Judging the Man Booker Prize: how I read 145 novels in seven months
A daunting prospect.
Thomas Hawk, CC BY-NC-SA
Back in 2014, Dinah Birch explained what it was like to be a Man Booker Prize judge. We republish the article today with the announcement of the 2017 shortlist.
This year’s run-up to the naming of the Man Booker Prize winner has just begun, with the announcement of the 13 novels that make up the longlist. They will soon be dissected and analysed by readers and critics all over the world. For the first time, the prize has been open to writers of any nationality, as long as their work was originally in English and was published in the UK.
Four Americans feature in the list: Joshua Ferris, Siri Hustvedt, Karen Joy Fowler and Richard Powers. There’s an Australian (Richard Flanagan), an American/Irish writer (Joseph O’Neill), an Irish contender (Niall Williams), and six British authors (including Howard Jacobson, David Mitchell and Ali Smith). Three women appear on the list and ten men.
Judging any literary prize is tough, but the size of the task confronting the panel of the Man Booker Prize is enough to make anyone shiver. I was among the five judges in 2012, and the experience turned out to be one of the most demanding and exhilarating of my life. We read a total of 145 books – in about half a year. Most of them were put forward by their publishers, but a few were those we called in ourselves. It’s hard to believe, looking back, that we voluntarily added to our burdens, but we were crazily eager to include every serious contender. So, how was it done? Many people, understandably, assume that we just read part of the submissions, or divided the books between us.
In fact, there was no division, and no dodging. Each of the judges read the entire list and we all worked through them in the same order. Proof copies started to come in well before Christmas and the longlist was announced in late July, so we had seven months to complete the reading. Some short works could be dispatched quickly, which was just as well, but others refused to be rushed.
We had monthly meetings to share our verdicts, discussing each novel in turn. The panel had plenty of professional experience in reading quickly and carefully – and that made a difference. But mostly the work was done by abandoning much that we take for granted in day-to-day life – including, as I recall, any kind of social life or domestic responsibility (we were all blessed with patient and tolerant partners). Every spare moment, and some moments that were not really spare, was spent with heads buried in a book. We became obsessed, immersed in a world of fiction.
Brief to find the best
Our brief was simple. We were looking for the “best, eligible full-length novel in the opinion of the judges”, as the terms of entry stipulate. The prize is not given to an author on the basis of reputation or life-time achievement, but to the novel that in our collective judgement was the “best” to be published that year. We hung on to that fundamental point. It helped us to be clear about our priorities, and stiffened our resolve to set aside the work of distinguished writers, if we felt that novels by less familiar names had stronger claims. We were equally determined not to allow “opinion” to degenerate into whim, or personal predilection.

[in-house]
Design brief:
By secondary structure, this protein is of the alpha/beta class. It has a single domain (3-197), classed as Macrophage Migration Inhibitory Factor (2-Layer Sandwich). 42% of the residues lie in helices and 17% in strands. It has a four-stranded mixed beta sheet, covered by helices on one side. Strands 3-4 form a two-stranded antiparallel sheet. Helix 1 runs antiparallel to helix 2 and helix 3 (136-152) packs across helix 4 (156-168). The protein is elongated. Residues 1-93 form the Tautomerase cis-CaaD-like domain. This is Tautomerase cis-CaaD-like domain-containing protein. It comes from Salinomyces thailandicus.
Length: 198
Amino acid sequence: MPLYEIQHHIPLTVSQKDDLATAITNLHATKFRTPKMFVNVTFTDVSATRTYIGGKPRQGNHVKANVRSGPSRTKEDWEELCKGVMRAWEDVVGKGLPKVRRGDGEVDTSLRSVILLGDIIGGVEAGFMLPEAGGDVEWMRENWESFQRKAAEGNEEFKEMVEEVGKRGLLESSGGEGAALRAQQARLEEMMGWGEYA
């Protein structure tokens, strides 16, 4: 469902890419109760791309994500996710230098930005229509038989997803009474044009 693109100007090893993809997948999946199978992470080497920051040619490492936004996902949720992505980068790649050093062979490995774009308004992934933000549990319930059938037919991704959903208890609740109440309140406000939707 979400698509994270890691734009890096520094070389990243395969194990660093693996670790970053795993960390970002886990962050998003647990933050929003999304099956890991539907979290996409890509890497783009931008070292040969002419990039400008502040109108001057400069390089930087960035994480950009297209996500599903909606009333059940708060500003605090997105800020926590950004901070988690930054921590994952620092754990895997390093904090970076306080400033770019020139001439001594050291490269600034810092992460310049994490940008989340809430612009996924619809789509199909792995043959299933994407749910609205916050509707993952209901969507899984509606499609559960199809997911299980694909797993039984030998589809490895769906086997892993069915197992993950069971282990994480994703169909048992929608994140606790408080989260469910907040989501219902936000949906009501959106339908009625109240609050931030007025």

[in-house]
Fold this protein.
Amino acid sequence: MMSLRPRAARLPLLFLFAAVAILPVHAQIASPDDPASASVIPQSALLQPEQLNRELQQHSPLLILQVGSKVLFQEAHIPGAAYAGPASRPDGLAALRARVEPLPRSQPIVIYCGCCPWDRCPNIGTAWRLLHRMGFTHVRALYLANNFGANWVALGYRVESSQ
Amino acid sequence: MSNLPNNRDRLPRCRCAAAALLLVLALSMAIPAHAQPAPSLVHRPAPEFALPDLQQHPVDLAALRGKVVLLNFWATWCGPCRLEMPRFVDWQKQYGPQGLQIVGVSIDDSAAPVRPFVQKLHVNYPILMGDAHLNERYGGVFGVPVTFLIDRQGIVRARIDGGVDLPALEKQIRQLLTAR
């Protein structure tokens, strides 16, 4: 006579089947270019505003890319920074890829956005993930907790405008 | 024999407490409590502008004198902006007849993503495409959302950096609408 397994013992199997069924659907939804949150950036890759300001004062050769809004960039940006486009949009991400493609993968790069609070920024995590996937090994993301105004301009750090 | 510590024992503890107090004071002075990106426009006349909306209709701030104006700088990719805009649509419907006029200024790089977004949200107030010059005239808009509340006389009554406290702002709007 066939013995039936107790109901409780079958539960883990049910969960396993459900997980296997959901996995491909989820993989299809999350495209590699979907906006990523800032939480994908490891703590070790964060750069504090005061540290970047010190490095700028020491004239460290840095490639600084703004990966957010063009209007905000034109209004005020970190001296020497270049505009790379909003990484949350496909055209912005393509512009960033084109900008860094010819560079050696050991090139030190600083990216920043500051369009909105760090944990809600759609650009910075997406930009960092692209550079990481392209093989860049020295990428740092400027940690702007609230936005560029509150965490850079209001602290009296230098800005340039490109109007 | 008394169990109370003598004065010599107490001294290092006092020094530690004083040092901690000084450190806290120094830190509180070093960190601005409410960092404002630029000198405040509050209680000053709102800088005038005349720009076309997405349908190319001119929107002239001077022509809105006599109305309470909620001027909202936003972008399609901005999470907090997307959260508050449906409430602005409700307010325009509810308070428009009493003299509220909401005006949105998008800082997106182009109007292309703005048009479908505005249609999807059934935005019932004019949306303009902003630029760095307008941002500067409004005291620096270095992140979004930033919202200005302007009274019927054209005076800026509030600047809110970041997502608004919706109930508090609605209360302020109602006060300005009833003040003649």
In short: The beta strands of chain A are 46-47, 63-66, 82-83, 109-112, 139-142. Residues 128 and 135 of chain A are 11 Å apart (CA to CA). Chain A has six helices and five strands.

Our meetings were hugely enjoyable, but they were also intellectually rigorous. Our chair, Sir Peter Stothard, insisted that our choices must be backed by evidence and argument, founded on the reasoned analysis of the conceptual and stylistic strengths of the novels we were scrutinising. Perhaps our instincts as a panel were unusually academic, but the meetings often felt like the most testing kind of seminar, where no-one was allowed to get away with sloppy thinking. This was a powerful inducement to keep up the work rate. It would have been impossible to argue for or against any particular book if you hadn’t read it, didn’t have notes, hadn’t thought through your response.
The process of judgement was disciplined and methodical, but what lingers in my memory is the dizzying excitement of the reading. Encountering so much fiction in such a short space of time, most of it of high quality (there were few duds), was a strange and intoxicating experience. Even now, two years after my time as a judge, I can recall in precise detail passages and scenes from dozens of novels that didn’t make it onto the longlist, but had nevertheless exercised an iron grip on my imagination. It has become a cliché to note that fiction constantly defies prophecies of its imminent demise in a digital world, but reading those novels (some in hard copy, some on mobile devices) was a heady confirmation of the exuberance of the form.
Extending the scope of the prize to include writers of any national background means that American writers are now eligible, though publishers will not be entitled to submit more books under the new rules, so the number of novels on the judges’ list will not grow. Fiction is increasingly global in its origins and reach, and I welcome the change.
I doubt whether it will affect the essentials of the process – reaching the end of a chapter and noticing with dismay that it’s three in the morning; the lip-gnawing frustration of failing to persuade your fellow judges to admire a book that left you awestruck; the swell of satisfaction when a consensus is finally reached, and a winner emerges. For us, it was Hilary Mantel’s brilliant Bring up the Bodies. I’m looking forward to discovering what it will be in 2014.